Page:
Lost in all of the noise over the new Senate health care plan this week, has been the devastating number of recent opioid overdoses in our state. Nearly 200 possible overdoses were reported last week alone and 15 Arizonans died.
The State of Arizona is getting its first look at real-time data regarding opioid related emergencies.
Data released on Monday indicates that health care professionals, medical examiners, and emergency responders reported 191 suspected opioid overdoses in the state last week, according to an Arizona Department of Health Services media release. Fifteen of those overdoses were fatal.
KTAR News quoted Governor Doug Ducey as saying, “This new, real-time data gives us a clear picture we didn’t have before. One life lost to these highly addictive drugs is too many.”
Earlier this month, Governor Ducey declared the opioid crisis was a public health emergency in Arizona. Last year, 790 people died of opioid overdoses – a staggering 74 percent jump from just five years ago.
AzCentral.com put together a short video of Arizona Attorney General Mark Brnovich talking about steps to fight our state’s growing opioid crisis. You can watch the video by clicking here or on the picture below.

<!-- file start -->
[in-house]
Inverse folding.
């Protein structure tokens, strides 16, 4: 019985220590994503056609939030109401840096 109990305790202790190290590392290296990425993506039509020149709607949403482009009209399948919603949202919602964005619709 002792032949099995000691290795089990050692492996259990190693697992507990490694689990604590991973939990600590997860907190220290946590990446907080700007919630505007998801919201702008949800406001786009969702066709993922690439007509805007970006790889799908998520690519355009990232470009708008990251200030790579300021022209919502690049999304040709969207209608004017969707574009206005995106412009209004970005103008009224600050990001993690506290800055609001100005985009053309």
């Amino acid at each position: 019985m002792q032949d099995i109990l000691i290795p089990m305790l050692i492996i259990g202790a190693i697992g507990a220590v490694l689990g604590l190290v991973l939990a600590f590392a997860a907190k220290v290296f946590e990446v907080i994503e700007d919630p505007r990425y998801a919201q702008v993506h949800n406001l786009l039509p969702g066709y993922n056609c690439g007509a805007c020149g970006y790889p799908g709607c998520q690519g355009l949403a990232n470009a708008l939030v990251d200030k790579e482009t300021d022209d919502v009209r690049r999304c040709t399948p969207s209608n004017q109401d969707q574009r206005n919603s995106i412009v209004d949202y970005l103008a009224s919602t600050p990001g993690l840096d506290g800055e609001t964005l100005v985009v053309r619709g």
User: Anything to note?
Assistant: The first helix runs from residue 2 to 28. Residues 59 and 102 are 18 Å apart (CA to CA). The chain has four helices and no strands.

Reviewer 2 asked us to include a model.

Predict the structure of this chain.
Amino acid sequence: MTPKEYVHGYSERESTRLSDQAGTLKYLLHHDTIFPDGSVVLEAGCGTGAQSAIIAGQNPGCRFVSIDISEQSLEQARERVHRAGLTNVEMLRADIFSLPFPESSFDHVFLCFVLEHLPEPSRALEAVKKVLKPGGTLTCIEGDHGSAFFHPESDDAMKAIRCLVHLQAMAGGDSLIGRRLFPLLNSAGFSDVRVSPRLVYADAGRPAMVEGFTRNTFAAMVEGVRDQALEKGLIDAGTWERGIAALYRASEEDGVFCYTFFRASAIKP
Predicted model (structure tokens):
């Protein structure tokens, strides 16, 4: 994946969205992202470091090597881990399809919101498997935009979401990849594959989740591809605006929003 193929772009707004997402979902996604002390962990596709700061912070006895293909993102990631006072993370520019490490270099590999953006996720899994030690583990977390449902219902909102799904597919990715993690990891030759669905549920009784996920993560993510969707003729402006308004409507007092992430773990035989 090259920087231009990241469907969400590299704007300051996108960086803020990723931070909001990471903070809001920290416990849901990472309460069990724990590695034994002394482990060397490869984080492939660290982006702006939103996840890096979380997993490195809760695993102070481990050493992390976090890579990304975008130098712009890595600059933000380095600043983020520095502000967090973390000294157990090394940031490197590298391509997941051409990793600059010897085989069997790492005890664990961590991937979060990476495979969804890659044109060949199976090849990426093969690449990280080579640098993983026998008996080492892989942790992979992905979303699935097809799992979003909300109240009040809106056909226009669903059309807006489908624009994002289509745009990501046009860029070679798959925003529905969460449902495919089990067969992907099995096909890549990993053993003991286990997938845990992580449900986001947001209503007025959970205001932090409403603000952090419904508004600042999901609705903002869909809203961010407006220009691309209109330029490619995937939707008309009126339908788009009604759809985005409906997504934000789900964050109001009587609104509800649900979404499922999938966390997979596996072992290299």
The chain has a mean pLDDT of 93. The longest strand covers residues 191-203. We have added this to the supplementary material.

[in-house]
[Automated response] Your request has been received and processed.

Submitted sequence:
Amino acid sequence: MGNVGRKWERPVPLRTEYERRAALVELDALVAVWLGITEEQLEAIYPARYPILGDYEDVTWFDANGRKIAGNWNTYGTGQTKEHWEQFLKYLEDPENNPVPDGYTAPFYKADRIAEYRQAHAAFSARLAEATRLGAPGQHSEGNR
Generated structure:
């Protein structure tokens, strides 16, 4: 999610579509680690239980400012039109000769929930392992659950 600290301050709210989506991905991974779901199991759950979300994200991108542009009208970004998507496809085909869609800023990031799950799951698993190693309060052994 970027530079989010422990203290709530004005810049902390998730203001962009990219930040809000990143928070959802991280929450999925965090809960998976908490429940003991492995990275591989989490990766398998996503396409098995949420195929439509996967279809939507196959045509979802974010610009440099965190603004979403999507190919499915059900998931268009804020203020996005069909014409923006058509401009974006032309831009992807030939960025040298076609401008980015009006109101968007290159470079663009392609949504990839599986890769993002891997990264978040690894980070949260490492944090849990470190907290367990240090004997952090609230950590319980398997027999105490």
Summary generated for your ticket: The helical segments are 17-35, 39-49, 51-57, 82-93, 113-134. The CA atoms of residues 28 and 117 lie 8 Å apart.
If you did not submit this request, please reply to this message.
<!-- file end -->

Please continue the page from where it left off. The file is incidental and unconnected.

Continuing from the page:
The Arizona Department of Health Services (ADHS) released the infographic below and it drives home a powerful message about the depth of the opioid crisis in our state.
ADHS director, Dr, Cara Christ, said in a KJZZ News story – “We expected to see high numbers, but for one week, to have almost 200 overdoses, I think we were a little surprised by that.”
Arizona is not alone in its opioid struggles. In fact, so many states are dealing with the same issue, $45 billion dollars was just added to the Senate health bill for opioid treatment. However, TheHill.com isn’t sure that money is enough to win over Senators from opioid ravaged states.
But both Portman and Capito have said that their concerns extend beyond opioid money to the deep cuts the legislation would make to Medicaid.
Capito said explicitly earlier this week that more opioid money would not be enough to win her over.
“More opioid funding would be very good and very beneficial, but the core for me is the Medicaid provision,” Capito said.
Share your thoughts on the growing opioid problem here in Arizona and whether the Senate health bill can help states like ours better battle this devastating crisis. Generating meaningful conversations around the health issues making headlines is another way we are working toward our long-term goal of one day making Arizona the Healthiest State in the Nation!